Gyms: Are they necessary? What kind of membership is best? Can I trust the staff?

First off, you really don’t need a gym to get in shape. Remember: Find your playground. However if you do decide the gym is your method of choice then here’s a few things to keep in mind.

Gym Memberships are negotiable, so when they say this is a limited time offer or they can waive a certain fee that is them making concessions they were prepared to lose to get you to sign up. Please note that if the price isn’t unreasonable then you may not need to negotiate at all. Most of the time the guy signing you up for a membership is also a personal trainer and this is one of the commissions he can make. When I signed up for my most recent gym I agreed with everything up until the end when I was asked to sign, at this point he feels he has made the sale and his time investment has paid off, so by making my requests here I really increased his compliance. I asked them to waive the start-up cost (you can compromise on 50%), and lower the monthly rate by $10 citing the rate was from a TV ad (it wasn’t but most chain gym employees are unaware). In return I promised not to ask for any change to the outrageous cancellation fee. It worked wonderfully and I have had this membership for nearly 3 years at $20 a month at a large chain gym.

Gym staff are all salesmen, especially the personal trainers and keep in mind: I am a personal trainer! Gyms have rigged it that personal trainers pretty much operate like contractors and they’re only getting paid if they bring in clients. This can make it hard to sift through the bad trainers and find a good one. When looking for a good trainer look for someone that is willing to give a free consultation/session and make sure they aren’t just going through the motions with you. Make sure they are hearing your goals and concerns and making adjustments as needed. I tell all my prospective clients that one of the points of a consultation is to find out if we like each other; it’s okay if we don’t but it would certainly not be enjoyable for either of us if we trained together anyways.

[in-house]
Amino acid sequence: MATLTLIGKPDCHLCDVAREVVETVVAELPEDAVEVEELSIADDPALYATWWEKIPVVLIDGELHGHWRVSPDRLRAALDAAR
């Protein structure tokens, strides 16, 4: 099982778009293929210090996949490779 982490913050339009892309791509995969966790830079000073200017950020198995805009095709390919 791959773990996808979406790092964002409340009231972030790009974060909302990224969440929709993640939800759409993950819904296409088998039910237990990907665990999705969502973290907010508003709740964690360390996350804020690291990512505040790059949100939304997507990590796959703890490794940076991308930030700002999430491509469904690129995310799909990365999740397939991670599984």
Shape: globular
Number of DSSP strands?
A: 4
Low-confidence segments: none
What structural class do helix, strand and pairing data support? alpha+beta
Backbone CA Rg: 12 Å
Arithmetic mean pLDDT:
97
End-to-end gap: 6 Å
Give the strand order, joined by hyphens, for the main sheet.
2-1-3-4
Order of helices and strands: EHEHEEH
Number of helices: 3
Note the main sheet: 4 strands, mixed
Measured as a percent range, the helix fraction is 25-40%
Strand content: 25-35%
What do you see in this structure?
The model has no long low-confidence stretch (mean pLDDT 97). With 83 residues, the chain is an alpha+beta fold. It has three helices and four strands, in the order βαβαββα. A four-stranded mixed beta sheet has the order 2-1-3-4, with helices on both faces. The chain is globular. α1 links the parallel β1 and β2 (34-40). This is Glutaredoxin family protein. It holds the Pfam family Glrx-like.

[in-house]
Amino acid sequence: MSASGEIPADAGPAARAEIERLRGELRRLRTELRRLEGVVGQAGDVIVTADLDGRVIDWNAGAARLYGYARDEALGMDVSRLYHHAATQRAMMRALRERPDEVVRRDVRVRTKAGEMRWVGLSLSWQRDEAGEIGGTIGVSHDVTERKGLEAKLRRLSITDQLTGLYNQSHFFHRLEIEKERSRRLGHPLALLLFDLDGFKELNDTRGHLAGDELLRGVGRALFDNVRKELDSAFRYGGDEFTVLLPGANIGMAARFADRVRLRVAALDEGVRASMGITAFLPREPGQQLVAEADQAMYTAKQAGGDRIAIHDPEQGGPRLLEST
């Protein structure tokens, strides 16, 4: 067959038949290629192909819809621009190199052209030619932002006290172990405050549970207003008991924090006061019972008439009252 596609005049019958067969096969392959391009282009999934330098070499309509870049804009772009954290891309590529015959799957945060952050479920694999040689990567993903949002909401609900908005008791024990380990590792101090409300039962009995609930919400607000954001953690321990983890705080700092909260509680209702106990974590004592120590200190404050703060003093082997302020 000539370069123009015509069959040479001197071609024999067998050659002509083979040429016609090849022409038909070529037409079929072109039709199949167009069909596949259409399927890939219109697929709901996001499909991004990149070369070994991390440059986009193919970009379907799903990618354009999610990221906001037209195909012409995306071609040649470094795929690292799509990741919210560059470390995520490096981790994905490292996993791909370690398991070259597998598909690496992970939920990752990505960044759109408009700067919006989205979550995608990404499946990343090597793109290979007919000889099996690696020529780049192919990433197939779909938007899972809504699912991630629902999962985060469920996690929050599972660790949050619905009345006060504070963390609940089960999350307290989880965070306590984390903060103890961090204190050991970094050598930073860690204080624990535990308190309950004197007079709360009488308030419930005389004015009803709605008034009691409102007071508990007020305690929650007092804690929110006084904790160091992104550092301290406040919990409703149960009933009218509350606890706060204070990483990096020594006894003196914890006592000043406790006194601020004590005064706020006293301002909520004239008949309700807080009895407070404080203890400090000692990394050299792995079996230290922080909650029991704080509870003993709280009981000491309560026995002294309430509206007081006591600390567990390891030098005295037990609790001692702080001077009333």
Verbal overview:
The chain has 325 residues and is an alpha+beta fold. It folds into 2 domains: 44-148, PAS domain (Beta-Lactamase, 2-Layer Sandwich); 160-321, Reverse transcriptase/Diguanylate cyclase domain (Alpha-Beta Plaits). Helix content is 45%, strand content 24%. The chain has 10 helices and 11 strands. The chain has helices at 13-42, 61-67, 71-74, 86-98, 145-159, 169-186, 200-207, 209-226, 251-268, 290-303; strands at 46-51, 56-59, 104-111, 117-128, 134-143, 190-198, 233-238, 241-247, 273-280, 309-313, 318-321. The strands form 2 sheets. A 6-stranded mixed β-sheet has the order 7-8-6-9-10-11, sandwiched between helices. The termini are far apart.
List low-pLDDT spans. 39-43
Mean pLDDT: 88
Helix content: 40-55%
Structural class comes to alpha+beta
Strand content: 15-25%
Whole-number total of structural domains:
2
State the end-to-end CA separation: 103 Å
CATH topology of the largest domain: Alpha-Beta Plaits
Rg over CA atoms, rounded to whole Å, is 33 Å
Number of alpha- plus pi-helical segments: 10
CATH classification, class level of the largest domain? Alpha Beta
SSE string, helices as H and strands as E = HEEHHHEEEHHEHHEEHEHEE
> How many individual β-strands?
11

Do your homework. Make sure the gym is regularly cleaned and maintained. Was the pool empty when you visited but they said they were just repairing it? A quick search on Yelp will reveal if it’s been empty for very long. Additionally, searching your prospective gym in Yelp may clue you in to whose trustworthy and who to avoid in the staff. Don’t trust a gym at its face value, gyms are not easy to maintain and if the staff takes shortcuts you will surely be the one to pay for it in the end.

Supplements: What the hell will make me fit?

“Got my gym membership, time to spend my mortgage at GNC”

The fitness industry is a multi-billion dollar a year industry and the cornerstone of that industry is supplements. The idea is simple: supplementing what you’re missing from your optimal diet will make you superhuman. In truth most of it is crap disguised as healthy crap and only a small fraction of what they’re selling will do you any good.

The TV personality Dr. Oz was put in front of the Senate in 2014 for popularizing a “miracle weight loss” pill that had no scientific backing among other “miracle” supplements that also did not have any supporting research. This is the perfect analogy for how the supplement industry has been able to sell snake oil to millions for billions: put an expert or trustworthy face on the product, have them swear by it and give them some sort of credentials.

Still if you’re looking for some things that may actually supplement your diet then your best bets are a solid protein powder, fish oil and a decent multivitamin. Click the pictures below for links to the supplements I use.

“Just tell me what to do and eat”

Think for yourself! And eat mindfully!

I hear so many people say “just tell me what to do and what to eat” that it makes me a little sad. It’s the reason you’re not fit already, you just want the responsibility to fall on someone else and to not have to spend mental energy on it but that isn’t going to work. You have to be willing to put in the time, both in and out of the gym, to schedule your exercises, plan your diet and know what to do if everything doesn’t go according to plan. And don’t beat yourself up of you don’t get it on the first try, no one does.

All we can do is try to be a little better today than we were yesterday.